Eng Cn Translate this page:
Please select your language to translate the article

You can just close the window to don't translate
Your profile

Back to contents



Temirova Dzhannet Alibulatovna

ORCID: https://orcid.org/0000-0003-1724-9809

Specialist for Teaching and Studies at the Department of the English Language for Natural Science Faculties, Lomonosov Moscow State University

119991, Russia, Moscow, 1 Leninskie Gory Street, bld. 13






Review date:


Publish date:


Abstract: Traditionally, the compression of language is considered as a result of the linguistic economy law and attracts more and more attention of linguists as the opposite of the expansion of language phenomenon. The article provides an overview of the syntactic compression in Singlish SMS. SMS of 2004 and 2012 from the National University of Singapore corpus NUS SMS were taken as the basic material for the analysis. English plays a key role in Singapore, and therefore possible changes at the syntactic language level become worthy of study due to the impact of the economy principle in conditions of a limited communication channel. The methods of corpus and statistical data analysis were used in the study. The novelty of this study lies in the fact that for the first time an attempt to analyze the methods of syntactic compression is made on the examples of Singapore English through the SMS communication. As a result, various types of syntactic compression were identified, typical for messages of 2004 (omission of superscript non-letter characters) and messages of 2012 (omission of a space), as well as compression inherent for SMS of both years from the corpus NUS SMS corpus (lack of punctuation). Such methods of syntactic compression allow the addressees to save time and electronic space in terms of technical character limitations without distorting the semantic meaning of sentences or the entire message.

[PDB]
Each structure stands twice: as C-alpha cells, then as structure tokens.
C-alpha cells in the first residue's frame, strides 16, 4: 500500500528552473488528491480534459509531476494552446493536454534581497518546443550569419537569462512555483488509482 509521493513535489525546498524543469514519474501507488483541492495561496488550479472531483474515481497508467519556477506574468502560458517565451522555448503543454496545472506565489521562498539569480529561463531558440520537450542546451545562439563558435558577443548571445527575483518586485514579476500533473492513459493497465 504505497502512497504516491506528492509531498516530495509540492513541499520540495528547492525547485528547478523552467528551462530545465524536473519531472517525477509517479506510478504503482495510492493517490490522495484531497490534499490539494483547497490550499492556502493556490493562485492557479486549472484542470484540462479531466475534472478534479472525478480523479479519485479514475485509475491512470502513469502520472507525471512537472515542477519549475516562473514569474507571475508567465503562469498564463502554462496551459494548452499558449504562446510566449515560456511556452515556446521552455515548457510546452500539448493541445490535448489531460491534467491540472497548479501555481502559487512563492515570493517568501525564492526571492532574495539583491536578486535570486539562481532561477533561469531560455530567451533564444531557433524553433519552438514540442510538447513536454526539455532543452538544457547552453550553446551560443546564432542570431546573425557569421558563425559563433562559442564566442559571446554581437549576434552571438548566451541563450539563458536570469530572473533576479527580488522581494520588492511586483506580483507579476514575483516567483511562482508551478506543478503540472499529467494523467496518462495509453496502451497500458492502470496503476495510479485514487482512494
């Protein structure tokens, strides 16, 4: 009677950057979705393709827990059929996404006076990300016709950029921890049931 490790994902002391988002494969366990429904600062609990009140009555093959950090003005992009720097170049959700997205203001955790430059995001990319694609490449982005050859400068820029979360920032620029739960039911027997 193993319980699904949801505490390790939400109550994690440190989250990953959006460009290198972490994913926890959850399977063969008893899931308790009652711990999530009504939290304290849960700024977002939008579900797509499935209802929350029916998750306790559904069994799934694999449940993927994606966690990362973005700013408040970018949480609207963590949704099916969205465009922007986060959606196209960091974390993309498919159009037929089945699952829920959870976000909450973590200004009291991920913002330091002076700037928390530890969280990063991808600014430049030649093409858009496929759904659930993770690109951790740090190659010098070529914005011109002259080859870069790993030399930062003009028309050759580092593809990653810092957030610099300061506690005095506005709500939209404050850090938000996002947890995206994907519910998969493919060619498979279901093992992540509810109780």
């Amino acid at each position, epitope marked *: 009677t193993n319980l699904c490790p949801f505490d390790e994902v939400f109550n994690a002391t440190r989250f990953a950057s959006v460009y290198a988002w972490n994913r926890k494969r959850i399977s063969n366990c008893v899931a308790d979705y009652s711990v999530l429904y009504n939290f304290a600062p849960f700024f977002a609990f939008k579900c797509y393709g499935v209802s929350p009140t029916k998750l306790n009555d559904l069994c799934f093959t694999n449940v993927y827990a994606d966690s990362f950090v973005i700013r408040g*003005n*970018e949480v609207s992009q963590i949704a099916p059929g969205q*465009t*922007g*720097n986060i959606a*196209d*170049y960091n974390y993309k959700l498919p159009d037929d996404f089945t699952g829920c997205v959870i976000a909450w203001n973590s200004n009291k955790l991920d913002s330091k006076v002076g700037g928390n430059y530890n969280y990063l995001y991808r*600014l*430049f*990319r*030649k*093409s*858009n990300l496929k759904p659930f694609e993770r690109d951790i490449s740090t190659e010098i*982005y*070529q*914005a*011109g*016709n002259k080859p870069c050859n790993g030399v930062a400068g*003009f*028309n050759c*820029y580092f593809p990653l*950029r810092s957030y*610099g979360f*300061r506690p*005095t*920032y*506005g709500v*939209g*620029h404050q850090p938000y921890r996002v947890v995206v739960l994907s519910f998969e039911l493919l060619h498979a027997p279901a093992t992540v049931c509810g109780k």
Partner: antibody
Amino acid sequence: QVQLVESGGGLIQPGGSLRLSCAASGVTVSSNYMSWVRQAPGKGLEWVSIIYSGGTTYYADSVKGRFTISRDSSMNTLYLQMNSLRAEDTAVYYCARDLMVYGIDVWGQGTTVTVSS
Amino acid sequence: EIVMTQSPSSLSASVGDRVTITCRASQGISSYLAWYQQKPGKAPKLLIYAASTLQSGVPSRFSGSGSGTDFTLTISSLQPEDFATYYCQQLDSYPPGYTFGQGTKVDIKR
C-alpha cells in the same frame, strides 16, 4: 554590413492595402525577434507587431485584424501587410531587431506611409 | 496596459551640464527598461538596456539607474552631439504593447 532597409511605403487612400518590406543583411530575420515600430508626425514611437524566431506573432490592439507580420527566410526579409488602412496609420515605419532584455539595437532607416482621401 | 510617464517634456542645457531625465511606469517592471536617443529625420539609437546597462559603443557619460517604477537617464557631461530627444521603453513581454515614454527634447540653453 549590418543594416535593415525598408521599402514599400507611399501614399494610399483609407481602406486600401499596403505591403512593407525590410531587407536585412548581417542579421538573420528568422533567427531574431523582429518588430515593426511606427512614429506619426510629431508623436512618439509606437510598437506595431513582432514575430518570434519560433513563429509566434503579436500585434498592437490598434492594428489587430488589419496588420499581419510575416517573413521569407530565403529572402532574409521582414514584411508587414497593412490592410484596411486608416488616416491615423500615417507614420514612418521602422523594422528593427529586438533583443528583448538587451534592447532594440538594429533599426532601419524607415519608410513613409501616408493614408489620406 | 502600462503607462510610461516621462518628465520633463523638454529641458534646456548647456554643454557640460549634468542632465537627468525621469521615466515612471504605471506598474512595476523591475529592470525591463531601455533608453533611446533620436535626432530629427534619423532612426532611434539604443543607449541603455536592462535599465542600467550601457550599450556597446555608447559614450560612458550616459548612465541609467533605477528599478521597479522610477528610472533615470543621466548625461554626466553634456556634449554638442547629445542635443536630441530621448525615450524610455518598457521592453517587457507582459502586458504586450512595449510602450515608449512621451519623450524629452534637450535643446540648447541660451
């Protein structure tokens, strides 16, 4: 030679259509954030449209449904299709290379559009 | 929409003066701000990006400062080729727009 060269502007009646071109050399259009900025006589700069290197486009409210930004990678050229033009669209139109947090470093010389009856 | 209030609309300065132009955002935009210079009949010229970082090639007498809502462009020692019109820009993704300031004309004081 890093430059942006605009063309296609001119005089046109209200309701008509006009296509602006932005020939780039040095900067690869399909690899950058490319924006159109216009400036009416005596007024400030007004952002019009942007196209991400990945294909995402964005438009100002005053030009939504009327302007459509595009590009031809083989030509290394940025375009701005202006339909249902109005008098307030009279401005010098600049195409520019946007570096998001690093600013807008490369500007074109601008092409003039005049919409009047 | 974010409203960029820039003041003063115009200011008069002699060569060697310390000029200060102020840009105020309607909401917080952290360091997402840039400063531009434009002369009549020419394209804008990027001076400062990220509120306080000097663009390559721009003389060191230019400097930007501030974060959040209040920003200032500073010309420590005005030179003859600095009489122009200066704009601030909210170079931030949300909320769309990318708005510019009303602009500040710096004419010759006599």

SMS, corpus, English language, Singapore English, spoken language, language levels, language compression, syntactic compression, national identity, absence of elements

This article is automatically translated. You can find original text of the article here.